The 586th Fighter Aviation Regiment

The 588th Night Bomber Regiment (unofficially known as Night Witches) wasn’t the Soviet Union’s only all-women flying regiment to fight during World War II. The women Marina Raskova recruited in October 1941 were formed into three regiments: the 586th Fighter Aviation Regiment, the 587th Bomber Aviation Regiment, and the 588th Night Bomber Regiment. Raskova assigned the women who tested the best to the 586th.

Marina Raskova, pictured above, was instrumental in the creation of three air regiments for Soviet Women


In October, 1941, Raskova began recruiting women to be pilots, navigators, mechanics and ground crew for the three groups. So many recruits were qualified pilots that some had to serve as navigators, but the women agreed because they wanted to fight. At the time, women’s uniforms didn’t exist because few women flew in the Soviet military. So they were given bulky men’s uniforms and boots that were too oversize. In 1943, the women finally received women’s dress uniforms that fit them, but when flying they still had to manage with their oversize men’s uniforms.

The women trained from October 1941 to May 1942. Training included multiple piloting classes each day, mechanical instruction, classes on performing aviation tasks, and two hours of drill. Pilots had to accumulate a minimum of 500 flying hours. Marina Raskova and her staff kept an eye on her recruits to see how well they performed, which determined which regiment they would be assigned to. She put the top-performing trainees into the first group formed: the 586th Fighter Aviation Regiment.

In February, the pilots and other members of the 586th went in-person to the factory to pick up their planes, which were brand new Yak-1 fighters. At the time, there was a surplus of pilots and too few planes to go around. When the women arrived, the factory staff were outraged that a “bunch of girls” didn’t want to wait their turn for planes that male pilots had been waiting for for quite some time. But once they met the “girls,” the staff took back their words. The women were eminently qualified.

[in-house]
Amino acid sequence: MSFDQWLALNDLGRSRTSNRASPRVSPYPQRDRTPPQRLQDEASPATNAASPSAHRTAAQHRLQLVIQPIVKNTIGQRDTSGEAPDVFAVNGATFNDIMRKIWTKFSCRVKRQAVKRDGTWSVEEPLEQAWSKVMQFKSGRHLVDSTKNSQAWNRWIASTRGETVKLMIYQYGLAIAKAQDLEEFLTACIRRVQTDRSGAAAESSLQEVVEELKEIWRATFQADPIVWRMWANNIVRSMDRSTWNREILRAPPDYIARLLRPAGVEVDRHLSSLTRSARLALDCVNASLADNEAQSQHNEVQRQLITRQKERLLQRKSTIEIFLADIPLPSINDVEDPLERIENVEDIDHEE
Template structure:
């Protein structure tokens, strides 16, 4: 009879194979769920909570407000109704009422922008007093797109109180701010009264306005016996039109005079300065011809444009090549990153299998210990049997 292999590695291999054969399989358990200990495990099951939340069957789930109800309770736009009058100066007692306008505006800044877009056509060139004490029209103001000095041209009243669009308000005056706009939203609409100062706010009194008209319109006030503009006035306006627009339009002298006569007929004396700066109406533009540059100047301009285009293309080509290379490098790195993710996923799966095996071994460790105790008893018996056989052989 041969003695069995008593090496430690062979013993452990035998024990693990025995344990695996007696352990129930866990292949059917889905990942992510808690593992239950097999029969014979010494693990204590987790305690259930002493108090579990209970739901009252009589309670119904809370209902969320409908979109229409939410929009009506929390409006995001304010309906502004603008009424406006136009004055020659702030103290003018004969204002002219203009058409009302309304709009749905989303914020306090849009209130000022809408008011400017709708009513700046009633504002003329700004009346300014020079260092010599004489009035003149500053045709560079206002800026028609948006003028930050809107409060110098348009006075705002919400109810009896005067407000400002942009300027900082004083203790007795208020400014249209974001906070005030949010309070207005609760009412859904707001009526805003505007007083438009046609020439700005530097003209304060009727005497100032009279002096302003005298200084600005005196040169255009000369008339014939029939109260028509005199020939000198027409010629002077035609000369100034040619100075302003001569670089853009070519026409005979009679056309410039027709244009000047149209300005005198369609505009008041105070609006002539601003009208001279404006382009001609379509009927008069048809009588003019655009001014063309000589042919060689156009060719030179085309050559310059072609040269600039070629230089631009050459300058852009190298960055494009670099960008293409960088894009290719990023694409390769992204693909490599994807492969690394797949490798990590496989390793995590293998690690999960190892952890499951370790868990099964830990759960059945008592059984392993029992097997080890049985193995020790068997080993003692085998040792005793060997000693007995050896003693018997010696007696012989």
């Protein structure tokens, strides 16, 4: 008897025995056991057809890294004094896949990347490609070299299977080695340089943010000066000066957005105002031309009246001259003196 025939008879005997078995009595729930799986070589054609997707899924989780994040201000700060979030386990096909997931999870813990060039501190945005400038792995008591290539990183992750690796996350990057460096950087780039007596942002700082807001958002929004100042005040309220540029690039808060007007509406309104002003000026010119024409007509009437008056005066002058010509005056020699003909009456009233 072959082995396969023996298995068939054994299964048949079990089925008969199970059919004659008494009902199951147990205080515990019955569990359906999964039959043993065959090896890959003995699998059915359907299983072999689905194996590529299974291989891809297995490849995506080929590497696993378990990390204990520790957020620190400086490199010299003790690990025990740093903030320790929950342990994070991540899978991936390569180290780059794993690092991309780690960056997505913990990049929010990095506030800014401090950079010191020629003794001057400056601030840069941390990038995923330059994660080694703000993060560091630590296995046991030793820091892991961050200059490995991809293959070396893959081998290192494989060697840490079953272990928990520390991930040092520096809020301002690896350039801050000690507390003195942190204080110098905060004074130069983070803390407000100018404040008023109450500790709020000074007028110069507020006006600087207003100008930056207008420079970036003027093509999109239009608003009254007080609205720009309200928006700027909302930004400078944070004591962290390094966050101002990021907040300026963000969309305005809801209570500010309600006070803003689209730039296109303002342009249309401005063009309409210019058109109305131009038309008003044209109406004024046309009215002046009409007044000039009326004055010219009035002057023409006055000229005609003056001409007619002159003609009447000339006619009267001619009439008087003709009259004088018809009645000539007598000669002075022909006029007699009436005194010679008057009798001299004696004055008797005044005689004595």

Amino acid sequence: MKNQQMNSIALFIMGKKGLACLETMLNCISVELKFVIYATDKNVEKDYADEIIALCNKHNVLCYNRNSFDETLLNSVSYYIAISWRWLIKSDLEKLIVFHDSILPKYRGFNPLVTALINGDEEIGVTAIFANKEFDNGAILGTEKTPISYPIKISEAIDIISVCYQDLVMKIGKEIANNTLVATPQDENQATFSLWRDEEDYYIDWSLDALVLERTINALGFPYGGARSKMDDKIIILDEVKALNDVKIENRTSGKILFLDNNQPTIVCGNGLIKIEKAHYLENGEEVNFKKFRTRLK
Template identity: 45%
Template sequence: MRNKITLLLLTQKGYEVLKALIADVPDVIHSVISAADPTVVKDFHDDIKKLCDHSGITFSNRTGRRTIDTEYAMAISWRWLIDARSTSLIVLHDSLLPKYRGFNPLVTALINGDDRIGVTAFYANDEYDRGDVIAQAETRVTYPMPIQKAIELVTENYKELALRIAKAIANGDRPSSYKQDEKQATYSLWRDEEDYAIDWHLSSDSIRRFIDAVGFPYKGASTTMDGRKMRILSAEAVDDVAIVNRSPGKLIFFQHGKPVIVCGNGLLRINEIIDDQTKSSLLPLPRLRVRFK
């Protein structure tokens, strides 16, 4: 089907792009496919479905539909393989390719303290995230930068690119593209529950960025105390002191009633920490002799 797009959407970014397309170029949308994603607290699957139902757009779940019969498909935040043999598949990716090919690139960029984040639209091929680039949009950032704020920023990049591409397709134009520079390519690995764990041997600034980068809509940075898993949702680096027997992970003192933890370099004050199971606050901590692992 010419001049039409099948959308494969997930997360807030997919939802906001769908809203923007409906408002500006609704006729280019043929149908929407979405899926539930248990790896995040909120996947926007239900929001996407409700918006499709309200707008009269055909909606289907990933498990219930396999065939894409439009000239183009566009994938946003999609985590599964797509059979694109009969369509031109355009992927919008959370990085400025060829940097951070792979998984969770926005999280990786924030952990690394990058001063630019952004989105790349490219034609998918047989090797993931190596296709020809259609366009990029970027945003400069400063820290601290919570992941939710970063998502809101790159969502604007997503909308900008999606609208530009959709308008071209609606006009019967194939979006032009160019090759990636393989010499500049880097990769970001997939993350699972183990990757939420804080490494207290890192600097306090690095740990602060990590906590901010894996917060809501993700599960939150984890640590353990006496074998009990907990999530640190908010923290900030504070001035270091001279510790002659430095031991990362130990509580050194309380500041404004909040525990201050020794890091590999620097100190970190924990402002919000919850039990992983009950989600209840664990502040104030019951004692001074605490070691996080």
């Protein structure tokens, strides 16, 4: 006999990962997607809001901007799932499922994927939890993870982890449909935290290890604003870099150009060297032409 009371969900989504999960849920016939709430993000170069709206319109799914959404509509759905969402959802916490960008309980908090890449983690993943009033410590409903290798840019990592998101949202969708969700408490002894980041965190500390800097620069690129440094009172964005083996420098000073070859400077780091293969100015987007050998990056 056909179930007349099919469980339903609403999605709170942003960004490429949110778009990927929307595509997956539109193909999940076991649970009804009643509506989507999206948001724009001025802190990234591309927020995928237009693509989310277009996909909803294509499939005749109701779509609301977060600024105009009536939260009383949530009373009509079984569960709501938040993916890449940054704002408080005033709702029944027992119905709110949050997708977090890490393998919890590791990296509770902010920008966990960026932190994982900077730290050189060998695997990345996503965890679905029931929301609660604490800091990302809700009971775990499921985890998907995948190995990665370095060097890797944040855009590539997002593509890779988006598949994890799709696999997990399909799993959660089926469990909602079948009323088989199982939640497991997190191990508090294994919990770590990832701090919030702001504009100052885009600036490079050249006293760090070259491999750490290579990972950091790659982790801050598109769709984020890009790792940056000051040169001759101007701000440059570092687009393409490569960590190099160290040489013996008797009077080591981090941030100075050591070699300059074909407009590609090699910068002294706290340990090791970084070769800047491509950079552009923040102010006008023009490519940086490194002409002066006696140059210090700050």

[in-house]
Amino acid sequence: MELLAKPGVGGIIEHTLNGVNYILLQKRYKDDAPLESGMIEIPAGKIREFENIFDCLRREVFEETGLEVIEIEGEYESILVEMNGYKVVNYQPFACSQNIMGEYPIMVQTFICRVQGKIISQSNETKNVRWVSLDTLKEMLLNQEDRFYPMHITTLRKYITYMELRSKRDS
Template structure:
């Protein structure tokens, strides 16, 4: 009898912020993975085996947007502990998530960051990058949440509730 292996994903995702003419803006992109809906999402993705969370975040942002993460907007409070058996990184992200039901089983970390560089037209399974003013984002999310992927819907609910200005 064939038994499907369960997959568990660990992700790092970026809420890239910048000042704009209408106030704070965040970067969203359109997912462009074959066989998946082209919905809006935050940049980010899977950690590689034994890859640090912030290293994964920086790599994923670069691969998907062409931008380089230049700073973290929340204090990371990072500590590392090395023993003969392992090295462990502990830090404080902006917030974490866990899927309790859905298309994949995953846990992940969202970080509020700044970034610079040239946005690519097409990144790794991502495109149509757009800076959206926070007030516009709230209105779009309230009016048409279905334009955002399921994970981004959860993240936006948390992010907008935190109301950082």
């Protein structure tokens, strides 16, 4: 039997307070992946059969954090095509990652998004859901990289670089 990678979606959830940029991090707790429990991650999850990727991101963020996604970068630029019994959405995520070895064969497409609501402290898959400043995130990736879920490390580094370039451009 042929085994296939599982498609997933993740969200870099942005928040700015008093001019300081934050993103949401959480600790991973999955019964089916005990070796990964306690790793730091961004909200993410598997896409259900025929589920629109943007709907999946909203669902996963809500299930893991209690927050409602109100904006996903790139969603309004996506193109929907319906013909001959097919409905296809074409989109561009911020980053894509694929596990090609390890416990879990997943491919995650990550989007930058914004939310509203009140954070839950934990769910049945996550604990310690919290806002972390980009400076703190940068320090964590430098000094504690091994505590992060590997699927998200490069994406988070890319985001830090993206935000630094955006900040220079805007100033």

The 586th received ten planes. All the planes had radios, but only the squadron commander’s radio could send and receive. The others were receive-only. The women refused to fly unless they got send-and-receive radios too. Using her high-level contacts, Raskova got the radios for them – almost a year before the military decided to put them in all fighter planes.

A Yak-1 plane, the type flown by the 586th Fighter Aviation Regiment
Members of a 586th maintenance crew hard at work

Taking on the Enemy

The 586th flew behind the front lines. They had two missions: escorting very important people, which represented about seven percent of their sorties, and combat sorties. The combat sorties focused on attacking German bombers and their fighter escorts, whose mission was to destroy Soviet factories, railway junctions, and other vital targets.

Over time, the 586th lost pilots in combat and through assignments to male fighter regiments by their first commander, Tamara Aleksandrovna Kazarinova. Because of a scarcity of trained woman pilots, an all-male squadron was added to the 586th, and the regiment ceased being an all-woman one.

Unlike the pilots of the 587th and 588th, not a single female pilot in the 586th ever received a Hero of the Soviet Union award while in the regiment. Why? Because operating behind the lines never gave them the same opportunities as the pilots in the other two regiments, which fought on the warfront. Also, Kazarinova – out of personal animosity – may have intervened to deny them the recognition they so justly deserved.

However, several did receive awards and became aces after being transferred out of the regiment and into mixed-sex regiments on the warfront. Lilya Litvyak became the first woman to shoot down an enemy plane, the first female ace, and was awarded a Hero of the Soviet Union medal. Valeriya Khomyakova was the first woman pilot to shoot down an enemy plane at night. Katia Budanova became an ace too.